If it's a teacher's job to get a student ready for the real world, what business does he/she have to be teaching books that, on the surface, have little or nothing to do with reality? Why teach speculative literature? This is a valid question, and the answers may be surprising. It might make sense to address fantasy and science fiction differently because, while they both share a certain “unreality”, the genres deal with very different issues.
Science fiction is the literature of the possible. It is a literature that (at its best) examines trends in technology, science and society and extrapolates what might be a result of that literature. It is literature, I like to say, that asks a “What if…” question, then proceeds to answer it.
Of course, this is a description of good science fiction. There's a lot of bad literature, cinema, and TV out there too which has little to say beyond offering a brief, entertaining diversion. The good stuff is what we want to pay attention to as teachers. The science fiction author Theodore Sturgeon is famous for saying:
“I repeat Sturgeon’s Revelation, which was wrung out of me after twenty years of wearying defense of science fiction against attacks of people who used the worst examples of the field for ammunition, and whose conclusion was that ninety percent of SF is crud. Using the same standards that categorize 90% of science fiction as trash, crud, or crap, it can be argued that 90% of film, literature, consumer goods, etc. are crap. In other words, the claim (or fact) that 90% of science fiction is crap is ultimately uninformative, because science fiction conforms to the same trends of quality as all other artforms.” (Venture Magazine, March 1958)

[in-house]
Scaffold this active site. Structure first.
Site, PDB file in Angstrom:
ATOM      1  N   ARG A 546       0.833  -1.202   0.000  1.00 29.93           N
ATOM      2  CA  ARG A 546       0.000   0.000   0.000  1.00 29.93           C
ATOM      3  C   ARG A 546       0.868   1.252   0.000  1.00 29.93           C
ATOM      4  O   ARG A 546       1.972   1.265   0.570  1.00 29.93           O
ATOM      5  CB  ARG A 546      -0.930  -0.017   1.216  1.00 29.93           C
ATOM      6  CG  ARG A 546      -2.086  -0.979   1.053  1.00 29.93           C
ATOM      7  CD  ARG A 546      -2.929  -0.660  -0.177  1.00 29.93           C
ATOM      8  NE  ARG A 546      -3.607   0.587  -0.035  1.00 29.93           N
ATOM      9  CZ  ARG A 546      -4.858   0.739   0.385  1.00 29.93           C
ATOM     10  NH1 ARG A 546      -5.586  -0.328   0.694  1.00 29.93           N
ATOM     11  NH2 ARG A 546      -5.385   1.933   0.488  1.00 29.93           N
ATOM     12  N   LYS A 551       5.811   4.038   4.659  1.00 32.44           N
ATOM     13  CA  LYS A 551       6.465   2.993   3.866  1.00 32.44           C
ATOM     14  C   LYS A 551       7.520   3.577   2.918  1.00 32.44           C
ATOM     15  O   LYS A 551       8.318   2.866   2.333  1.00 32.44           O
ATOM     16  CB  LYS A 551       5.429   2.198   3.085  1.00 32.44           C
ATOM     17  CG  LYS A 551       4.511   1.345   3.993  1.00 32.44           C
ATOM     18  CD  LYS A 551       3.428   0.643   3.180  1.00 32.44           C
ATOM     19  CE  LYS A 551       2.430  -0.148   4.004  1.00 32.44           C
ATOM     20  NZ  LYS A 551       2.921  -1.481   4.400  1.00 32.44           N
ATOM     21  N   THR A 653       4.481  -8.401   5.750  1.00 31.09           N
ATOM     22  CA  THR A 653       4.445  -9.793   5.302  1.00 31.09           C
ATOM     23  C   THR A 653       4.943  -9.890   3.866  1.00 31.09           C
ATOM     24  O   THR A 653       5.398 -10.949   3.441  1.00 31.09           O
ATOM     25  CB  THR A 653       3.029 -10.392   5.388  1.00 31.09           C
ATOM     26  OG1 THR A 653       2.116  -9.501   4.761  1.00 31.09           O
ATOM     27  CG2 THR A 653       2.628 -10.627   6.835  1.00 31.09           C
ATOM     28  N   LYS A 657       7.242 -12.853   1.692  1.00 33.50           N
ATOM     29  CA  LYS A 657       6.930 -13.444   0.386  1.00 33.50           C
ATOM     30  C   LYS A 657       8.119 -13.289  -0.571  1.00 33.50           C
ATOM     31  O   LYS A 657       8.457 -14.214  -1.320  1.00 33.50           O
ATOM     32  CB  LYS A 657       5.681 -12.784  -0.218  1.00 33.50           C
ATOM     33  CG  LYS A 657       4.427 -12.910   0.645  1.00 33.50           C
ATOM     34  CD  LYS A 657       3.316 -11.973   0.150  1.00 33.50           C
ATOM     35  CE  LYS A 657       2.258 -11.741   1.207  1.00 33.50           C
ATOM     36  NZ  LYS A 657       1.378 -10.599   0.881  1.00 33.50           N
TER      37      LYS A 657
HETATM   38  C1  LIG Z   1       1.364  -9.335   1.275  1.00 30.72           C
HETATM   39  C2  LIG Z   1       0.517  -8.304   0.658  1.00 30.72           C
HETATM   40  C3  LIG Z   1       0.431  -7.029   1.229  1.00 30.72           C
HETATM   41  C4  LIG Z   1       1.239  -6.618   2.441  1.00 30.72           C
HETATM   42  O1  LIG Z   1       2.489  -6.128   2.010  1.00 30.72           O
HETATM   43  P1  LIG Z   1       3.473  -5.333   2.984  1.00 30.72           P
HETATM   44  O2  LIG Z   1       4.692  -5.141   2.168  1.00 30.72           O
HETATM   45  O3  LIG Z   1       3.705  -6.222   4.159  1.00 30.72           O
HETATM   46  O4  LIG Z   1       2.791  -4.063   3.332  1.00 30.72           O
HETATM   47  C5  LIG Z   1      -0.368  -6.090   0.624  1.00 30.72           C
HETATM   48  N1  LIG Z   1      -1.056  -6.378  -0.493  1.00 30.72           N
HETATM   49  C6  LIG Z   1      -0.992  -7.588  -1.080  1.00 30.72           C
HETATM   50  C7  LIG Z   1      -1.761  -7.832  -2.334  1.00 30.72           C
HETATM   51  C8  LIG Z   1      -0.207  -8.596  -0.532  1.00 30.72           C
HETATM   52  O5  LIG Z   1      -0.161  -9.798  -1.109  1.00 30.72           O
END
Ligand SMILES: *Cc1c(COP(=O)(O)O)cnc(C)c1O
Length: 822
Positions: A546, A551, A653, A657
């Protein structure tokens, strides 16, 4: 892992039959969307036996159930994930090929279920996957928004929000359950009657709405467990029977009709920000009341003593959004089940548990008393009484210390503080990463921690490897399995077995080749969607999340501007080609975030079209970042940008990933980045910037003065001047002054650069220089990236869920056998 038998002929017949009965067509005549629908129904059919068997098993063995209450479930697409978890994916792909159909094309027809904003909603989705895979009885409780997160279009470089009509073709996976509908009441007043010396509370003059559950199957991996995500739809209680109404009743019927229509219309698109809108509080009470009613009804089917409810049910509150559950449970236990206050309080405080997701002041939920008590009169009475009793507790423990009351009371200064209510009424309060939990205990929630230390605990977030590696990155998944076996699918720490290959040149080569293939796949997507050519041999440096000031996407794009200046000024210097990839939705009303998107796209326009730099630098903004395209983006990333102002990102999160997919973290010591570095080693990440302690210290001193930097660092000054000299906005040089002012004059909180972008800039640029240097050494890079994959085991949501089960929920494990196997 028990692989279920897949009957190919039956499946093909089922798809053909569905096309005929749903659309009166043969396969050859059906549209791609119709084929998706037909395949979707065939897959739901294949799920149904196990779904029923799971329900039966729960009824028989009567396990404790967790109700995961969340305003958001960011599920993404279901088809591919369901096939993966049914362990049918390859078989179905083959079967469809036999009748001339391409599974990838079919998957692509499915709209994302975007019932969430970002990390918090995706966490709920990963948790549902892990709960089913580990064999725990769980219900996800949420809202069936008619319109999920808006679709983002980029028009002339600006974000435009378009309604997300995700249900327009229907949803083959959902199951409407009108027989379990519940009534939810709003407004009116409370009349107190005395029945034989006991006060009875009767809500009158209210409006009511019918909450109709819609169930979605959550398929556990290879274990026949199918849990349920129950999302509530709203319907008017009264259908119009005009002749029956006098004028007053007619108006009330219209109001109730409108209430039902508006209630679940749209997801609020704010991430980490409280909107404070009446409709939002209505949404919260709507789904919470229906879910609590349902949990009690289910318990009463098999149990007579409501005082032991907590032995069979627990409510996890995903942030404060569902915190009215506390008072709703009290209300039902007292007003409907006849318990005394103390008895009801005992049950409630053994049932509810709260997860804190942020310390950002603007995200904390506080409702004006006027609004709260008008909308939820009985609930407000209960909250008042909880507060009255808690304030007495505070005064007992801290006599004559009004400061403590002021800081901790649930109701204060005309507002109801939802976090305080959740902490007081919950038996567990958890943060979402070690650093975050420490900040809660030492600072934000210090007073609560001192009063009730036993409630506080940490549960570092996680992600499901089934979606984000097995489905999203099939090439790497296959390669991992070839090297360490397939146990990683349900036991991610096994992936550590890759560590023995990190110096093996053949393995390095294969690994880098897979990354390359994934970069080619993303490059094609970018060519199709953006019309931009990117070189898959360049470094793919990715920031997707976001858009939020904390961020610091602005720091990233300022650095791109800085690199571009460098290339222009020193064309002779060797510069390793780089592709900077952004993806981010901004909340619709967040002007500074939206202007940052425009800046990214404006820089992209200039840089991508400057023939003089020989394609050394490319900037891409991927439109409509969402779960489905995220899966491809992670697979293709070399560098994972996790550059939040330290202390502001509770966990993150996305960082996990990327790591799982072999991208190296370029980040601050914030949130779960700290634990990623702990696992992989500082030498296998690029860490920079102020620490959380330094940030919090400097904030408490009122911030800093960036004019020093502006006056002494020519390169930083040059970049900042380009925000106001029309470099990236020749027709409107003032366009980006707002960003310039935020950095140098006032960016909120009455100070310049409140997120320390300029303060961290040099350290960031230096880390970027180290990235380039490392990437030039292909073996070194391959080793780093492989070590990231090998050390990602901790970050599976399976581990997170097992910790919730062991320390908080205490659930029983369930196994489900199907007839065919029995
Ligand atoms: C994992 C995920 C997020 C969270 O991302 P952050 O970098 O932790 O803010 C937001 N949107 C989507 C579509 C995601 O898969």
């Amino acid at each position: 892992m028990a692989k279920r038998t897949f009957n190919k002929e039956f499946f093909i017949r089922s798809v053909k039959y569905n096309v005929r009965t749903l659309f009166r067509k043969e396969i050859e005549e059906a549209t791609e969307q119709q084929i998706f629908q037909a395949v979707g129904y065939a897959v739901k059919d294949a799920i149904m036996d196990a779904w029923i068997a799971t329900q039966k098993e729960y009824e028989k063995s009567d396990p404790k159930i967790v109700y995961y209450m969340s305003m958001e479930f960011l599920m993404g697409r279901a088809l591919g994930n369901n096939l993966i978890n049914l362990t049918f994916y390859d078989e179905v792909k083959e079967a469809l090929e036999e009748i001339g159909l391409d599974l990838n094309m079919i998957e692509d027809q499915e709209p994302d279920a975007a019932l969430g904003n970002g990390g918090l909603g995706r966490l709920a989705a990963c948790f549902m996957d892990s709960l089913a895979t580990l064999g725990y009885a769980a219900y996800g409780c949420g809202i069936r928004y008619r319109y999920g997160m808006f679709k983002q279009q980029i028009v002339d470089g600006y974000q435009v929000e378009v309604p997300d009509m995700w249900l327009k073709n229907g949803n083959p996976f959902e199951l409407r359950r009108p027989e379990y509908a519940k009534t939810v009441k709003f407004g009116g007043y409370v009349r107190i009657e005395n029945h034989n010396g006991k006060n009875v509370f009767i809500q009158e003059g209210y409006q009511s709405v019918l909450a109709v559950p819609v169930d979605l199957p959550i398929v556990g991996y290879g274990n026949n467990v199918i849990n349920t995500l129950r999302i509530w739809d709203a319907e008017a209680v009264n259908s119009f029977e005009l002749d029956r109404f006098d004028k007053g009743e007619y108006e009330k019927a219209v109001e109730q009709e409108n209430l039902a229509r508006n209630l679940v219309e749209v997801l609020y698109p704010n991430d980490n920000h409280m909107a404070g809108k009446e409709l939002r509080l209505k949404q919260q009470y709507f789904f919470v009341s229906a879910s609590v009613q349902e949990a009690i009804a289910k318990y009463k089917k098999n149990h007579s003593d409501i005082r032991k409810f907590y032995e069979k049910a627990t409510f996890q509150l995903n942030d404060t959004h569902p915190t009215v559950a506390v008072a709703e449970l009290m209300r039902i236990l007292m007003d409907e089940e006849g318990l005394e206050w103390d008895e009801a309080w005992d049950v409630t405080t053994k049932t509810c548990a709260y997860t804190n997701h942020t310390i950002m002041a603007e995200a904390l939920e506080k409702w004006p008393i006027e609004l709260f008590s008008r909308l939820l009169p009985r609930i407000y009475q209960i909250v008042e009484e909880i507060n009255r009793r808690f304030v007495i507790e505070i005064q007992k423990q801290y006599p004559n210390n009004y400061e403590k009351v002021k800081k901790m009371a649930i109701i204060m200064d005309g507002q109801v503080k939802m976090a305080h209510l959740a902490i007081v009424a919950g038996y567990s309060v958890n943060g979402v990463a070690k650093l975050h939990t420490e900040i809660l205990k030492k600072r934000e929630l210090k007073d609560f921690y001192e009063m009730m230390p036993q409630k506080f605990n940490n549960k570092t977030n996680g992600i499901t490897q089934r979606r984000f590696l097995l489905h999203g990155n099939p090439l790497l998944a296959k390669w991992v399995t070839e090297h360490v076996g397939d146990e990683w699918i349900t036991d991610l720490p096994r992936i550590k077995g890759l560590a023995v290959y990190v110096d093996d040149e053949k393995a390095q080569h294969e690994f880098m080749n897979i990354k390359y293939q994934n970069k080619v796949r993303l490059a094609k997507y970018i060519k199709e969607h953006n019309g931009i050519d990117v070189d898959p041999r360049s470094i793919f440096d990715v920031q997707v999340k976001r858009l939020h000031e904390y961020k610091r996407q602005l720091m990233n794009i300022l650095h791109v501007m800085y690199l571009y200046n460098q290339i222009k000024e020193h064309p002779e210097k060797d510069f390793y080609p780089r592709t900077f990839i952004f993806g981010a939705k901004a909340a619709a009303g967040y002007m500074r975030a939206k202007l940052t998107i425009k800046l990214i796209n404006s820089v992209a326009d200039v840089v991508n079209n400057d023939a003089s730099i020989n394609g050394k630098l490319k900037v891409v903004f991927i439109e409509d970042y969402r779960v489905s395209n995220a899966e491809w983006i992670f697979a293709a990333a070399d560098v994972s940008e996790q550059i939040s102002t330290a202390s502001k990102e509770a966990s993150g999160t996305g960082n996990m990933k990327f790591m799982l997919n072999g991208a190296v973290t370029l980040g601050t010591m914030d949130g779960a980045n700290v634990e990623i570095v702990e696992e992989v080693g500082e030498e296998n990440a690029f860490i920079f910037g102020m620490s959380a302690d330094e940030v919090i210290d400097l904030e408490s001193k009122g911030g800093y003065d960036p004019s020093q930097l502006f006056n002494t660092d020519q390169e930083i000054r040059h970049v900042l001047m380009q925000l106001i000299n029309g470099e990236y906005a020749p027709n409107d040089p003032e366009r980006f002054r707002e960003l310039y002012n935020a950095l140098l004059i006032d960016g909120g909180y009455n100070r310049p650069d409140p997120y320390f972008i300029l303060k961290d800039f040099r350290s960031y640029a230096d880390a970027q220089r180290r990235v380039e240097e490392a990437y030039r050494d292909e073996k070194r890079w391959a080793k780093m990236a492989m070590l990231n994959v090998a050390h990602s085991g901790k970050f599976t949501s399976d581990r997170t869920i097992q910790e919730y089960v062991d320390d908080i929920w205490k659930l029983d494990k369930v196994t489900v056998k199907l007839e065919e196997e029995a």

In other words, 90% of science fiction is lousy, but then again 90% of all art is lousy. As teachers, we have little time to waste with bad science fiction, so we here will stick with the good stuff.
Getting back to the “Why we should teach science fiction” question, there are few forms of art that address our contemporary society and its needs like science fiction can. We live in a science fiction world now. We live in a world where technology is allowing people to do extraordinary things, and science fiction is the literature that deals with the consequences of what we're creating. When the Baltimore-Washington telegraph line was opened in 1844, Samuel Morse's first morse code message was “What hath God wrought?” This quote from Numbers 23:23 asks us all, what kind of world are we making with our technology? Science fiction is a literature that attempts to answer that question.